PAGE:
DO'S AND DON'TS
GENERAL THERAPIES AND THINGS TO AVOID
The following information has been made available with the permission
of the Easter Seal Society of Washington. The opinions expressed are
those of the individual writers, and do not necessarily constitute an
endorsement or approval by the Easter Seal Society or Polio
Outreach Advisory Council or the Lincolnshire Post-Polio Network.
Although it does not imply endorsement, it is provided as a service for those
seeking such information. Always consult your doctor before trying anything
recommended in this information or any other publication.
What follows is a general, practical guide for post-polios to use, and
summarizes the current thinking about post-polio. It will be most valuable if
it stimulates you to seek further and more specific information.
- Take time to rest. Nap (if possible) during the day, work fewer
hours, and take longer vacations.
- If you are experiencing increasing muscle weakness, exercise only
under the supervision of a knowledgeable physician.
- Make sure your food intake is nutritious.
- Be alert to (but not obsessed with) changes in your body, and heed
your body's signals.
- Take note of any new symptoms plus clear or gradual changes.
- Get enough exercise to prevent disuse atrophy, but not enough to
produce overuse damage.
- Learn how to pace yourself.
- Prevent the secondary complications of weakness, particularly falls;
this might entail the use of crutches or a cane, a wheelchair for extended
travel, or braces or other adaptive equipment.
- Avoid weight gain. Too much weight only aggravates stress on joints
- Consider possible adaptations to your lifestyle, even minor
adjustments (changes in hobbies or modes of transportation) can help.
- Do not assume that every physician fully understands post-polio
problems. Educate yourself and never hesitate to ask questions.
- Minimize alcohol use, particularly at bedtime. Alcohol inhibits
swallowing, interferes with with nutrition, and causes falls and
- Maintain a positive attitude towards your health. Accept change,
adapt, and never equate your self-worth with physical disabilities.
- Take common colds very seriously.
- Get bulk-producing fiber in your diet. Avoid stimulant
- Medical evaluation of post-polios should include a complete history,
physical exam, and appropriate lab studies.
- Muscle strength evaluation should be done by a registered physical
therapist or someone familiar with neuromuscular disease. Muscle testing is now
advised every year even if there is no obvious change.
- The current recommendation is that all post-polios have a complete
medical evaluation covering the three major areas affected by the polio;
neuromuscular, circulatory and respiratory.
- Problems with extremities or joint function may require special
consultation from physiatrist, orthopaedist, and/or neurologists familiar with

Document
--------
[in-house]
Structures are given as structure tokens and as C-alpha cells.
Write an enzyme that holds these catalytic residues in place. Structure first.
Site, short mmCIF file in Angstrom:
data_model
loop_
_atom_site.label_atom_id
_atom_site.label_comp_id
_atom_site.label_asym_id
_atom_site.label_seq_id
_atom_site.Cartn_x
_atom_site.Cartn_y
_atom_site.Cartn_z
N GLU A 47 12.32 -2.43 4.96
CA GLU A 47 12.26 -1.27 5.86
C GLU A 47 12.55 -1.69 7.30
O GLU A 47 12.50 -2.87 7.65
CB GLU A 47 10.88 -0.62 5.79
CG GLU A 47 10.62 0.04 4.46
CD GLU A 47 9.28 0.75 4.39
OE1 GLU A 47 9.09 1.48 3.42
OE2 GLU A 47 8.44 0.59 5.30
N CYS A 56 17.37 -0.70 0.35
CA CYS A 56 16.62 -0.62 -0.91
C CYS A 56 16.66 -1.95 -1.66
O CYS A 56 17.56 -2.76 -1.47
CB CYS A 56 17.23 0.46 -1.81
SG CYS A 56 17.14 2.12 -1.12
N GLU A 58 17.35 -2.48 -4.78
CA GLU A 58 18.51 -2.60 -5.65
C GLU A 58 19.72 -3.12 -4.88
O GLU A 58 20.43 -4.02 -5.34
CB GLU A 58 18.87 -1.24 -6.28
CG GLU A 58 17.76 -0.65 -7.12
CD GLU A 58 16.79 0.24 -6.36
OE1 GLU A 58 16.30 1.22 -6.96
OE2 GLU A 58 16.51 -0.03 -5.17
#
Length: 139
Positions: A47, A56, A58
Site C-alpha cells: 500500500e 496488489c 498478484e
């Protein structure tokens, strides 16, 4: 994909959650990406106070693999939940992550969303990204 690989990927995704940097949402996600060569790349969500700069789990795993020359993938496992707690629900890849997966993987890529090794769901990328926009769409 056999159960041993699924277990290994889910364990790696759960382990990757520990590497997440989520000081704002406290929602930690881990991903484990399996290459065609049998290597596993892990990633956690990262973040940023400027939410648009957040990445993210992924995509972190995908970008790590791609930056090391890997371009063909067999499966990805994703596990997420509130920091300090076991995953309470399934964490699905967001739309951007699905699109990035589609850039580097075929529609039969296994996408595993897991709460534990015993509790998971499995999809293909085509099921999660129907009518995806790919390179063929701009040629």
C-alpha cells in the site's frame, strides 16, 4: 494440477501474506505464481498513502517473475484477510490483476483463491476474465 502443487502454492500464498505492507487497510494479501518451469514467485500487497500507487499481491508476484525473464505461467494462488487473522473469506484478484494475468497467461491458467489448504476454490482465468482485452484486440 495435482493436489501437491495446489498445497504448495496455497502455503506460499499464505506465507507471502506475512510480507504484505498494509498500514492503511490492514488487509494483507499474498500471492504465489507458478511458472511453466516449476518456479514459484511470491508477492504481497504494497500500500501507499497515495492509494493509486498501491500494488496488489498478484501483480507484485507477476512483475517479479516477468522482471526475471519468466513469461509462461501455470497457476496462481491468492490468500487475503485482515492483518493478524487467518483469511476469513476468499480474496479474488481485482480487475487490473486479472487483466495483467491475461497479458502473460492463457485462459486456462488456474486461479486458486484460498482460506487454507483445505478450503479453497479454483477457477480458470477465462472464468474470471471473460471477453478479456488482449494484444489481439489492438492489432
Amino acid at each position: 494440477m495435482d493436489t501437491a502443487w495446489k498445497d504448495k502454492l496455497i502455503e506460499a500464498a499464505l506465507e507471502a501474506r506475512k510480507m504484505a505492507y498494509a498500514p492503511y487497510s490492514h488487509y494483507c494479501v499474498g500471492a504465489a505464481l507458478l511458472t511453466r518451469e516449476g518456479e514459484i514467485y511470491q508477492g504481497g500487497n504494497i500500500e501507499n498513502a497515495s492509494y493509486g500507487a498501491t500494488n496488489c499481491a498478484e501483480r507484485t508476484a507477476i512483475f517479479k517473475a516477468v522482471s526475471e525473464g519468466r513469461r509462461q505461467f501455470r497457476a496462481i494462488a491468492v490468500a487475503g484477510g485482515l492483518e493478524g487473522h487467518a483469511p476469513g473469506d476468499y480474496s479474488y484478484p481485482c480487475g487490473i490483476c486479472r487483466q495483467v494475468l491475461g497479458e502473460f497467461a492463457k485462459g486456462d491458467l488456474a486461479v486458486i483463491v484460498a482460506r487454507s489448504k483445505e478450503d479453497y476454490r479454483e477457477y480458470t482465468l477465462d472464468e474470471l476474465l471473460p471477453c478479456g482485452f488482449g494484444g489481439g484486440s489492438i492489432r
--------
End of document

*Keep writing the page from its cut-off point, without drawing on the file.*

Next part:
skeletal deformities and muscle weakness.
- Experienced physical or occupational therapists can help determine
functional losses and how best to adapt.
- Muscle stretching and joint range-of-motion exercises are important
where there is muscle weakness.
- Swimming is the best cardiovascular endurance and general
conditioning exercise. Water should be warm (at least 90 degrees).
- Discontinue any exercise that causes pain, weakness, or muscle
fatigue, including walking.
- Muscles weakened by polio respond poorly to vigorous strengthening
programs. Programs such as weight lifting often aggravate the condition.
- Each of you should know your own strength limits or endurance, and
avoid going repeatedly to that limit.
- You should avoid narcotics for any reason; aspirin is preferred as an
analgesic for muscle or joint pain.
- Occupational therapists can assess extremity function, daily
activities, and the need for assistive devices to help achieve the highest
level of independence possible.
- Rest is the best known treatment for aching muscles. Moist heat,
anti-flammatory medication, and avoiding exertion are also helpful.
- Physical therapy - heat, massage, joint mobilization, and stretching
exercises - can help chronic lower back pain.
- Change of gait pattern, such as using crutches, may be needed to
prevent recurrence of lower back pain.
- You MUST learn to conserve energy.
- Even though you were once rehabilitated, you must be re-evaluated and
taught new techniques to replace those that no longer work.
- Body positioning during sleep is important for post-polios with
severe weakness and postural joint deformities.
- Those with marginal respiratory reserve at sea level should be
prepared to use respiratory aid when travelling above 3,000 feet.
- Everyone with respiratory insufficiency is advised to get flu
vaccination according to Public Service guidelines and recommendations.
Compiled by the Post Polio League.
Registered Charity No. 1064177
Information Service for Polio Survivors and Medical Professionals
All enquiries, book requests, medical article requests, membership fees, items for newsletters and donations to
The Secretary, Lincolnshire Post-Polio Network
PO Box 954, Lincoln, Lincolnshire, LN5 5ER United Kingdom
Telephone: +44 (0)1522 888601
Facsimile: +44 (0)870 1600840
Web Site: www.lincolnshirepostpolio.org.uk
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Original Think-tank, Cornwall,
15th January 1997
Last modification: 24th January 2010.